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Warren Buffett’s Advice for Entrepreneurs

Warren Buffett PhotographLast week we posted several quotes by Warren Buffett on running a business and finding success. Like just about everyone else, we’re impressed by Mr. Buffett’s ability to start several businesses, then grow one of them—Berkshire Hathaway into an amazingly profitable giant. And from the exotic locale of Omaha, Nebraska, no less.

So we wanted to take a deeper look at a few of the things Mr. Buffett did when he was first starting in business. The lessons we take from his life might benefit you, if you’re trying to start a new business. Check them out:

1. Don’t be too eager to pull profit out of your business.
Too often, a small business owner starts to make a little money and they can think of a bunch of things they can spend it on to make life a little better. But that’s not the Buffett Way. In high school, Warren and a friend pooled their money and bought a pinball machine to put in a local barbershop. As the machine made money, they reinvested the earnings into buying additional pinball machines, until they had machines in barbershops around the city.  And when they eventually sold the business, Warren used the proceeds to buy stocks and start his next business. The lesson for small business owners? Reinvest your profits to grow and strengthen your business.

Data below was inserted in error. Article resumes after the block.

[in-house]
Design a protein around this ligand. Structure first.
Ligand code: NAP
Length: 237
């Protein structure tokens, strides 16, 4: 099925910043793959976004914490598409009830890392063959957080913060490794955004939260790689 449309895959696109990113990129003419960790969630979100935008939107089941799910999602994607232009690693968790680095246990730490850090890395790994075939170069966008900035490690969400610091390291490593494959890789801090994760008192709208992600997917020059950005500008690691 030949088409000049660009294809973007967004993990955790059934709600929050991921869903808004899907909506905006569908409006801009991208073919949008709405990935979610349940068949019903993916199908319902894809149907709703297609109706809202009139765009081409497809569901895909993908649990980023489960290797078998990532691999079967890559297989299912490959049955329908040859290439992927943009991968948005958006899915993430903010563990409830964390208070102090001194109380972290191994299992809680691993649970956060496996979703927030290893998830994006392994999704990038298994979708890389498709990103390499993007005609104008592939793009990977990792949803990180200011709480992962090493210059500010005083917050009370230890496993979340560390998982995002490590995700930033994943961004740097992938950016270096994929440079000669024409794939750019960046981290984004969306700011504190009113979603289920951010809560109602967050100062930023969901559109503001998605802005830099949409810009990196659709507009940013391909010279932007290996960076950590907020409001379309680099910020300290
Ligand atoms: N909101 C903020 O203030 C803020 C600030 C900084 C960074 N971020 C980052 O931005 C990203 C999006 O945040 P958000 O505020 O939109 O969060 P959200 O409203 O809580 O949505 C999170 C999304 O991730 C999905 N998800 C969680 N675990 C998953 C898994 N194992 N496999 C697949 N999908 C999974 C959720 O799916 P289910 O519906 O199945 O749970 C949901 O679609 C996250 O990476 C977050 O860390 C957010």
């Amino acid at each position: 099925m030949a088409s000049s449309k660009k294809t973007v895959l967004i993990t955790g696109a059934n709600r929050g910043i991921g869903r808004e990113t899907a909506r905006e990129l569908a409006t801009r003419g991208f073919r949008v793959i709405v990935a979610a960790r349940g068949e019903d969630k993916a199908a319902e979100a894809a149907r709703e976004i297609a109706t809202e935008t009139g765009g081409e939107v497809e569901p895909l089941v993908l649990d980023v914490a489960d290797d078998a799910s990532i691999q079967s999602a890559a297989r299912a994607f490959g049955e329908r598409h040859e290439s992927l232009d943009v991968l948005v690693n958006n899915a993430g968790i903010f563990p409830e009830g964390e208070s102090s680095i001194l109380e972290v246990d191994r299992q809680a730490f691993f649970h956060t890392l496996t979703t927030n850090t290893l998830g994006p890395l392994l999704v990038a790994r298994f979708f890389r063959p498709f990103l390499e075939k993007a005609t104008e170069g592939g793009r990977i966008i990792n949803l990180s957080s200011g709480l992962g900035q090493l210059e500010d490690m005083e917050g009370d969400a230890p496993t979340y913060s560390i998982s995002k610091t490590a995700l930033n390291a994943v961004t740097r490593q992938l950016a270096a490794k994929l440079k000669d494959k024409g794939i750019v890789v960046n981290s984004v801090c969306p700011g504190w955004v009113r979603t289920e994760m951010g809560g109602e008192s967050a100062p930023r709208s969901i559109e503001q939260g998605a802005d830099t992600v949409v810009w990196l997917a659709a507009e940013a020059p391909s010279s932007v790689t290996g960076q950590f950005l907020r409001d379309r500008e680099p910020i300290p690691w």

2. Frugality can be your best friend.
Even as late as 1989, Warren Buffett’s billion dollar company was managed with just 11 employees in an office not much bigger than a tennis court. In Omaha Nebraska. He could have afforded a more opulent office. He could have afforded an office on Wall Street. But that’s not the Buffett Way either. Warren is frugal. He is interested in maximizing value. He once bought a company whose owner counted the number of sheets in a roll of toilet paper to make sure he wasn’t being ripped off. The lesson for small business owners? Taking care when it comes to spending goes a long way toward maximizing your profits.

3. Stick to what you know.
Warren Buffett is famous for saying he won’t be a stock or company that he doesn’t understand. It’s just too risky. He has had hundreds of opportunities to invest in great opportunities (many which in fact were great) but he passed. In addition, Mr. Buffett prefers businesses with a long-term advantage. He has said, “The most important thing to me is figuring our how big a moat there is around the business. What I love, of course, is a big castle and a big moat with piranhas and crocodiles.” The lesson for small business owners? Run a business that you understand. Don’t chase new fads just because everyone else is doing it. And build a business that is defensible for the long-term.

4. Make a difference.
Warren Buffett is famous for making a lot of money—for himself and others. But that’s not what defines him. He’s pledged to give away his entire fortune before he dies. He takes a personal interest in the people around him. He once said, “When you get to my age, you’ll measure your success in life by how many of the people you want to have love you actually do love you. That’s the ultimate test of how you’ve lived your life.” Lesson for small business owners: This one is pretty easy. Don’t be a jerk. Take care of the people around you. And use your success to help others.